Filled cover-to-cover with race previews and reports from Mosport; St. Jovite; Edmonton; Watkins Glen; Mid Ohio; Elkhart Lake; Donnybrook; Road Atlanta; Laguna Seca; and Riverside. Includes detailed results from each race.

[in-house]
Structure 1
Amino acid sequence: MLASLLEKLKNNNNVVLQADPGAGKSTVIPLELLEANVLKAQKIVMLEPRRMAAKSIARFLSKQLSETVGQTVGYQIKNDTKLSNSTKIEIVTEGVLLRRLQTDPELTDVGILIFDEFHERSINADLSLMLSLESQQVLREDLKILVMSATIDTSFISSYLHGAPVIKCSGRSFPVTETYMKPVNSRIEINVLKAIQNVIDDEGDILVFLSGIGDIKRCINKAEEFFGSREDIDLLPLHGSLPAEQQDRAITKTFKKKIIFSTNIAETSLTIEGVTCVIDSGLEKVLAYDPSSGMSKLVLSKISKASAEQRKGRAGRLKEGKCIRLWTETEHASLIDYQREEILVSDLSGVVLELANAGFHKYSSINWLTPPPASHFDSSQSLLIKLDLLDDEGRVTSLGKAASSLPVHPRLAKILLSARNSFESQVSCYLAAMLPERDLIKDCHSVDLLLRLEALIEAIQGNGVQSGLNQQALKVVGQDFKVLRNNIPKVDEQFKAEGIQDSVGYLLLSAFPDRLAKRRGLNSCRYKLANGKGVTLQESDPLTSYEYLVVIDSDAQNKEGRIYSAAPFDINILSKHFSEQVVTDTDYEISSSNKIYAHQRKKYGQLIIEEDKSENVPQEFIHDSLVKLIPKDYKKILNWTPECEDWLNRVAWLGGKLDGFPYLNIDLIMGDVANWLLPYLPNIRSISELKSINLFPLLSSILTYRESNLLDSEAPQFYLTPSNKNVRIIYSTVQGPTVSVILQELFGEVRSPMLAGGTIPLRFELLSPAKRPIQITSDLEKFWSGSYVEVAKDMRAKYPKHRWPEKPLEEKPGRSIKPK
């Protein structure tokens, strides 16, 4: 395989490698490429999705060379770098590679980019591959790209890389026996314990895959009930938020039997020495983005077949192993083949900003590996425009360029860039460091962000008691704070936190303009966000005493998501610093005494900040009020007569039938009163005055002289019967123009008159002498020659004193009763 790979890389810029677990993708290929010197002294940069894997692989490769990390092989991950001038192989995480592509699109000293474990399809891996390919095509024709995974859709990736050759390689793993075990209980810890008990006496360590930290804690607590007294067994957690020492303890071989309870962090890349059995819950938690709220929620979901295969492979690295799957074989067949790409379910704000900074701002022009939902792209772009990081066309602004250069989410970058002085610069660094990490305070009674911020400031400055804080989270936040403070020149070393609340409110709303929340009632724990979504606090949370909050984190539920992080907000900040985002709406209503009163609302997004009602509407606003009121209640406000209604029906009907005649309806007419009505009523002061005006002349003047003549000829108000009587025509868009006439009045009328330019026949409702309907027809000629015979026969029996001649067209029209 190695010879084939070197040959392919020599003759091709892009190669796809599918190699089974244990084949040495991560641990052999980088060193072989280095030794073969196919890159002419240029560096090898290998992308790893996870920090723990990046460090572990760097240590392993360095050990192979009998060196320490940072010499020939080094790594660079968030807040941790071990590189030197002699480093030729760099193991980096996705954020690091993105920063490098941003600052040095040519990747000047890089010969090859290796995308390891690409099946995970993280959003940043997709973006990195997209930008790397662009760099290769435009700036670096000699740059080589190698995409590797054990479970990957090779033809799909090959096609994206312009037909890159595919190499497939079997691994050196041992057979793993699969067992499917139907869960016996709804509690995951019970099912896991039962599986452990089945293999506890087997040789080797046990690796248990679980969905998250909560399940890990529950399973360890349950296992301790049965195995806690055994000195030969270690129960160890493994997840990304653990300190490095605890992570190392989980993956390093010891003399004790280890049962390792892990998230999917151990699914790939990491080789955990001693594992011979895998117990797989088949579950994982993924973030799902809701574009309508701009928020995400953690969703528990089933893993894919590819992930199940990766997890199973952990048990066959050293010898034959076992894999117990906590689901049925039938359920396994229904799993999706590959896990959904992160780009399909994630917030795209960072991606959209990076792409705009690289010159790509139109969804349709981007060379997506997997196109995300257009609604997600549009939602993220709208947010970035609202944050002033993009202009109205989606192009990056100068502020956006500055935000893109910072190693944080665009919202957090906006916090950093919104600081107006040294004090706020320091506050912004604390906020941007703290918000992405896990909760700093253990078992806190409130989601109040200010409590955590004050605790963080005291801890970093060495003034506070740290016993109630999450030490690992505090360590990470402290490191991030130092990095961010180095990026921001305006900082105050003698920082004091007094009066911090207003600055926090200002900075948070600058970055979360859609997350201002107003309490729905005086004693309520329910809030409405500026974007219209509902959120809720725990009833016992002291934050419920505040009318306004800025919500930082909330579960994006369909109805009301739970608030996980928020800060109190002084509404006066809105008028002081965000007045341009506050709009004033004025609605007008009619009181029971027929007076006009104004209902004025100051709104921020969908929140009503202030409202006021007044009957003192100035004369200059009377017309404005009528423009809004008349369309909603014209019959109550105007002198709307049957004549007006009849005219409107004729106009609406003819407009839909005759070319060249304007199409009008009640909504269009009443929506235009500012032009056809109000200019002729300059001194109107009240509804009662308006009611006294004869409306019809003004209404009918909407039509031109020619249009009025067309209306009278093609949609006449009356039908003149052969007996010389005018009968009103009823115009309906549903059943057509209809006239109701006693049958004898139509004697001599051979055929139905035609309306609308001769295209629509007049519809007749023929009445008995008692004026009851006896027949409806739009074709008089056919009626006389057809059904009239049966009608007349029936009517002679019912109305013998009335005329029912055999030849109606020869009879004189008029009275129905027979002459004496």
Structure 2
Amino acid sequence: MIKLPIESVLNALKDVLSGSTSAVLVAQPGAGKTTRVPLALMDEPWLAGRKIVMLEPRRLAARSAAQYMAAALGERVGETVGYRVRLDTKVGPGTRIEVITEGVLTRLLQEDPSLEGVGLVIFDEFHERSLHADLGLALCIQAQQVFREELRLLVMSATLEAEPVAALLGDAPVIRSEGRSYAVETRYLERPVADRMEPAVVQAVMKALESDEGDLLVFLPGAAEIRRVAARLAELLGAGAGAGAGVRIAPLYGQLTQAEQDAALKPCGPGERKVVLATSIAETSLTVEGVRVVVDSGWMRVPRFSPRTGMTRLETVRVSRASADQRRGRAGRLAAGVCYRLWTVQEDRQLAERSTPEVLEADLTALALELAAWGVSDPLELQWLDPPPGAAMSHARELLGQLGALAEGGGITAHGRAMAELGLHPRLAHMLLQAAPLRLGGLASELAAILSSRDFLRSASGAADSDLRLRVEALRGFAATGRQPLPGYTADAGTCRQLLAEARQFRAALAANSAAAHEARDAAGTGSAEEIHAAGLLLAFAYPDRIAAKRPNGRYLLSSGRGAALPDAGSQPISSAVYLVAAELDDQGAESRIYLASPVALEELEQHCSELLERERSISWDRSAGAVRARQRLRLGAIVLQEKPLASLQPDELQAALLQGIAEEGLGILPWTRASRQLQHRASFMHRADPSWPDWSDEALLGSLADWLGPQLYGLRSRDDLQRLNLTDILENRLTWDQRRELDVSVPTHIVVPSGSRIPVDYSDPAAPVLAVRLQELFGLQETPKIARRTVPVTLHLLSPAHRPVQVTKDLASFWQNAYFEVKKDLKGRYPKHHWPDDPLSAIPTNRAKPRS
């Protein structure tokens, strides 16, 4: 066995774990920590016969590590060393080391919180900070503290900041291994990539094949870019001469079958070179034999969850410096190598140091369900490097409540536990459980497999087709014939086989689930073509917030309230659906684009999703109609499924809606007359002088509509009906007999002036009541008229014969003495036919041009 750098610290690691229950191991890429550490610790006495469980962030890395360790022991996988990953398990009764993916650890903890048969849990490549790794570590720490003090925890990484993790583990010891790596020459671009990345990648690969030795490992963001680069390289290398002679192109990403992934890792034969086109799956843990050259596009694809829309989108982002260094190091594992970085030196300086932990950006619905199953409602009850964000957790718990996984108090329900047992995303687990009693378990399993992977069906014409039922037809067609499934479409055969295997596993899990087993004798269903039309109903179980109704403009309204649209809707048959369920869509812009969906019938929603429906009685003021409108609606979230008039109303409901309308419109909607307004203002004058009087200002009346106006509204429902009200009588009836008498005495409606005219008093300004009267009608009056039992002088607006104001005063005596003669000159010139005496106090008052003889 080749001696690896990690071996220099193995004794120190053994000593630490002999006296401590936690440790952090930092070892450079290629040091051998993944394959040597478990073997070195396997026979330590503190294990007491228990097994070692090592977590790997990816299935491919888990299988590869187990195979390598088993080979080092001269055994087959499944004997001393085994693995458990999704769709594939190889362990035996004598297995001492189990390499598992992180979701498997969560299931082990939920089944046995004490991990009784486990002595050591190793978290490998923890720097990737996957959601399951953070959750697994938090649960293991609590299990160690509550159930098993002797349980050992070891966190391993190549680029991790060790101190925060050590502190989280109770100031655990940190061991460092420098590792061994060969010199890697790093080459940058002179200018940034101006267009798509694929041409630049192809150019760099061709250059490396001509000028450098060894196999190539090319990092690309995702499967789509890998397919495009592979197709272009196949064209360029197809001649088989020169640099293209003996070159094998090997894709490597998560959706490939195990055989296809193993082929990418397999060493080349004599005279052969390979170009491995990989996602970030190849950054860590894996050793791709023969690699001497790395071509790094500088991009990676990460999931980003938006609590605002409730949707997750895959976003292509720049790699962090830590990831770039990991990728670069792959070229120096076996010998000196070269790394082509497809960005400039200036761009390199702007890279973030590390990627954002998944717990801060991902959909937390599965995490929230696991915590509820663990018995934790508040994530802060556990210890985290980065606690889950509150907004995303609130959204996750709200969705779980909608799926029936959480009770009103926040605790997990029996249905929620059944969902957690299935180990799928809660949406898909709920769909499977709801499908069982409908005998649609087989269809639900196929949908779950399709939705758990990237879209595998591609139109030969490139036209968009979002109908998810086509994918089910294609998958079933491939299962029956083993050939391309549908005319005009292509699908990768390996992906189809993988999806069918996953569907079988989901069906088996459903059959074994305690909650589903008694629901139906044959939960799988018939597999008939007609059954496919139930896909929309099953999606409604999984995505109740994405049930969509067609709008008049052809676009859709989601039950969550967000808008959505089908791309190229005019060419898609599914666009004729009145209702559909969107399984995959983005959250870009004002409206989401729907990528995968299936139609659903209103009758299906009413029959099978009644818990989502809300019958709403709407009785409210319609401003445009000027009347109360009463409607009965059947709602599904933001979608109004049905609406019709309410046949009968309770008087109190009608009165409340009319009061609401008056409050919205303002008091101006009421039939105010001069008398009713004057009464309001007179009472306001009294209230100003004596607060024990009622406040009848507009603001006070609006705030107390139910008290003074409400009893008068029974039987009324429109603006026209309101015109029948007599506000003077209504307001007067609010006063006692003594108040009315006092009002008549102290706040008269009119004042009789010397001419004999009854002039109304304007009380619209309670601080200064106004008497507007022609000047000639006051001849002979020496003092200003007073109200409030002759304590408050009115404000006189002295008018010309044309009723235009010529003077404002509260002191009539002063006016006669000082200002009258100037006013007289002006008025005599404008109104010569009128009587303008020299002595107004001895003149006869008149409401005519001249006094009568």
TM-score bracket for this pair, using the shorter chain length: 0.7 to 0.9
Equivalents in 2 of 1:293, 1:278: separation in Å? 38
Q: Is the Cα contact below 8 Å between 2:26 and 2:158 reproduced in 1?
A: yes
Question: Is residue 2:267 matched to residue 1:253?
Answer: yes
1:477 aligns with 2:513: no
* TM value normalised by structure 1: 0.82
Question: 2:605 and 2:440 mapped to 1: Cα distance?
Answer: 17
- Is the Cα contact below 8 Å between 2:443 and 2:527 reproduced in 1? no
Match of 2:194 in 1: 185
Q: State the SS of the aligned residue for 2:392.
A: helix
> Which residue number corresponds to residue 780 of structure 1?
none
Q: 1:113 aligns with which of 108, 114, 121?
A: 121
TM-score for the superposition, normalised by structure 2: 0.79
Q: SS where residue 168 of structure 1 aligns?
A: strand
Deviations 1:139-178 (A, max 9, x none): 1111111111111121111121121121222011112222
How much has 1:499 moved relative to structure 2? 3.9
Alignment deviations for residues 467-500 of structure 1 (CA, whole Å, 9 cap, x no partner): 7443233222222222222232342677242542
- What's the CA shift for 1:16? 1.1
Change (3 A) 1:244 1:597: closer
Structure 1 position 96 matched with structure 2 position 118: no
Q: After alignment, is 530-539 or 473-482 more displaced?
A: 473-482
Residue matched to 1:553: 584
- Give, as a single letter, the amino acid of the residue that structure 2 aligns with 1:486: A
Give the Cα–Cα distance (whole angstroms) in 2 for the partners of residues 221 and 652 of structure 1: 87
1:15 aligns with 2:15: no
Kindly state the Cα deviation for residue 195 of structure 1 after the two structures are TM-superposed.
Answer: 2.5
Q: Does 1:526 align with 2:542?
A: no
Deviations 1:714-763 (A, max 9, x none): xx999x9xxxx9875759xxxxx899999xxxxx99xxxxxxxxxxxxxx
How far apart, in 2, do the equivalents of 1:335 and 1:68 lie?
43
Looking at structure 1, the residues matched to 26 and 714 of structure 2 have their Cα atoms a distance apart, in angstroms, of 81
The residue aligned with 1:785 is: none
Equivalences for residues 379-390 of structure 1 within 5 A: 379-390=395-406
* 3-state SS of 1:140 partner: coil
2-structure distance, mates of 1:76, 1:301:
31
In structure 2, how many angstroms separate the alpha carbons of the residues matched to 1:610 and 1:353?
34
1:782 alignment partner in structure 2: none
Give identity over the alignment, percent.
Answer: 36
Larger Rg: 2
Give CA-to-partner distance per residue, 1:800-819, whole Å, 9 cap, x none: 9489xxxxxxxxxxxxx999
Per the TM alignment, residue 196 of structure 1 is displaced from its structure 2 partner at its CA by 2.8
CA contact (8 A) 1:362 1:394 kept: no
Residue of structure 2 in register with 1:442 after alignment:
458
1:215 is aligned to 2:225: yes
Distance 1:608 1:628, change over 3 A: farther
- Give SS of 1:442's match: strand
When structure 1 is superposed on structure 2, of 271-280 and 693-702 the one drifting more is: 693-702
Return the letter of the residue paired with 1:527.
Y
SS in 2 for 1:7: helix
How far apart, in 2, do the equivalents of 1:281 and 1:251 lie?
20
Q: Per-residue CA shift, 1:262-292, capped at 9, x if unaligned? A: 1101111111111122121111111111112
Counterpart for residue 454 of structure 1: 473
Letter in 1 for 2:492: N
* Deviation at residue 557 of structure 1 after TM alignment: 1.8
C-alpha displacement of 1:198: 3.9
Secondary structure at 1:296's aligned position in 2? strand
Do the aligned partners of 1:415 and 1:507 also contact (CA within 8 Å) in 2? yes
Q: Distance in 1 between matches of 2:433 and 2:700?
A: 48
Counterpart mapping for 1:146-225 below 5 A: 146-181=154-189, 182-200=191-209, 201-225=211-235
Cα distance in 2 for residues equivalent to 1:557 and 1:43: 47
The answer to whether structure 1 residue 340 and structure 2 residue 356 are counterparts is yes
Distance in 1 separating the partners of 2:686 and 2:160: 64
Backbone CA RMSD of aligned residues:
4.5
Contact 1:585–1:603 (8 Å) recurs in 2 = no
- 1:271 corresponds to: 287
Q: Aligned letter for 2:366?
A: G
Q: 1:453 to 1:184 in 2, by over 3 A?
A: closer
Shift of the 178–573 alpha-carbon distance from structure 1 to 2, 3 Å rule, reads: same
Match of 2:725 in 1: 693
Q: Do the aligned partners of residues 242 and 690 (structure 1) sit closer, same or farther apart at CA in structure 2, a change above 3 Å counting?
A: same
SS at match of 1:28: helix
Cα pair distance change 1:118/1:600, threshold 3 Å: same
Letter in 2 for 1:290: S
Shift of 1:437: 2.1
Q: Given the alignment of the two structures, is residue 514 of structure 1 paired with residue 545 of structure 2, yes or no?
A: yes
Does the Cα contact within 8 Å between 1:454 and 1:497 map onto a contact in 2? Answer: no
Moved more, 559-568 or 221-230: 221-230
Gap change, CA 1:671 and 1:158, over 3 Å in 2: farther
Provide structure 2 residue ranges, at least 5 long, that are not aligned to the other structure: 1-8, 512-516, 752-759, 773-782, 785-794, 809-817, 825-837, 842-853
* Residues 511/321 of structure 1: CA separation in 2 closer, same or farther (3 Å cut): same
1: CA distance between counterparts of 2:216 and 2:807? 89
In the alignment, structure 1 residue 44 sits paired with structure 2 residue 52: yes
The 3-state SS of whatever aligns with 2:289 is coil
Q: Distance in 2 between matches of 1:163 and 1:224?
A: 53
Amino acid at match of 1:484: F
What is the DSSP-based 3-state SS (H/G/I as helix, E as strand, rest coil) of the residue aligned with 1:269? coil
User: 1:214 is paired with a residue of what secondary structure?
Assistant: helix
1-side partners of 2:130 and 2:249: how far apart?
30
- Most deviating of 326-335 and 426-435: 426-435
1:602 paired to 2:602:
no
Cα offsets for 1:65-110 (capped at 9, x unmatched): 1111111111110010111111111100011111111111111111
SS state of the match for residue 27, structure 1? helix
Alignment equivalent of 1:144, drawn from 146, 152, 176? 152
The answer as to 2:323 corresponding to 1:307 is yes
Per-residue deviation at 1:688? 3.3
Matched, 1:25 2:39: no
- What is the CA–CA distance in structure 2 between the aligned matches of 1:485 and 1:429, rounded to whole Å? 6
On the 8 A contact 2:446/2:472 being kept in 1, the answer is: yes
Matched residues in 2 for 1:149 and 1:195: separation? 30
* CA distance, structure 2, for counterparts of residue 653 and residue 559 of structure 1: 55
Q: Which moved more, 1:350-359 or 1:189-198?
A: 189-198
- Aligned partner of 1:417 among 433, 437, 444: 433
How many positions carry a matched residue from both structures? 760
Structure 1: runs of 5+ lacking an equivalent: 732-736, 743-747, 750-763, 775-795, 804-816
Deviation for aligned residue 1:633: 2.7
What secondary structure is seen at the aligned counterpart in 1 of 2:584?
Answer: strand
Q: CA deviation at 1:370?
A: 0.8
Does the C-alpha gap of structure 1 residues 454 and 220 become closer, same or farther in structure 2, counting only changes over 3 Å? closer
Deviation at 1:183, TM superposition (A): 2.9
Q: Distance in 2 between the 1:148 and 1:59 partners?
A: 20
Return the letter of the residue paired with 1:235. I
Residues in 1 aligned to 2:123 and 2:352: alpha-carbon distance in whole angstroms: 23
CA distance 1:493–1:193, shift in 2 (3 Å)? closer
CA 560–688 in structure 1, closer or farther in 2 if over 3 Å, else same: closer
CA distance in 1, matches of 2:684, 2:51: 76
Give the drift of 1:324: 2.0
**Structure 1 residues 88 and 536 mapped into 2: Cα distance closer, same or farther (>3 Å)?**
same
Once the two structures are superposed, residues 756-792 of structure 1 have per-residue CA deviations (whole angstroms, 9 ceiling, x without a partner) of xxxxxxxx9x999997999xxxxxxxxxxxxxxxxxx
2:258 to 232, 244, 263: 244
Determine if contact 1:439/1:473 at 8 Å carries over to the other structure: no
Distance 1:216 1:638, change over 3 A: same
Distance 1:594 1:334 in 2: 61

The second half of the Can-Am story spans the years from 1970 to 1974 and is one of continuing ingenuity and improvements in performance despite increasing regulations being imposed by the FIA. However, the opening of the new decade was a time when car exhaust pollution and crash safety were becoming major consumer issues in the USA and speed no longer figured as an important selling point. Then, the OPEC oil crisis towards the end of 1973 made motor racing with huge gas-guzzling engines somehow seem a bit out of touch with the economic difficulties being faced by society. The death of Bruce McLaren overshadowed the start of the 1970 Can-Am season, but the cars that carried his name continued to dominate the series, Denny Hulme ending the year as champion. Peter Revson drove a McLaren to win the championship in '71, the fifth in a row for the company. 1972 saw the arrival of the factory-backed Porsches and the end of the McLaren dynasty, but aerodynamic restrictions also discouraged the Chaparrals and when the series sponsor elected not to carry on the Can-Am swiftly went into a decline. Porsche had a clean sweep in '73, winning all eight races, and then announced that they too were withdrawing from the competition. In the final year, the Chevrolet-powered Shadow of Jackie Oliver clinched the title by winning the first four rounds and, after a McLaren driven by Scooter Patrick took the chequered flag at Elkhart Lake, the sixth and seventh races were cancelled. It was the end of the Can-Am, the fun was over. As with the previous Brooklands Books volume on the Can-Am, the complete story of every race in the period covered can be found in these pages, together with a full set of results.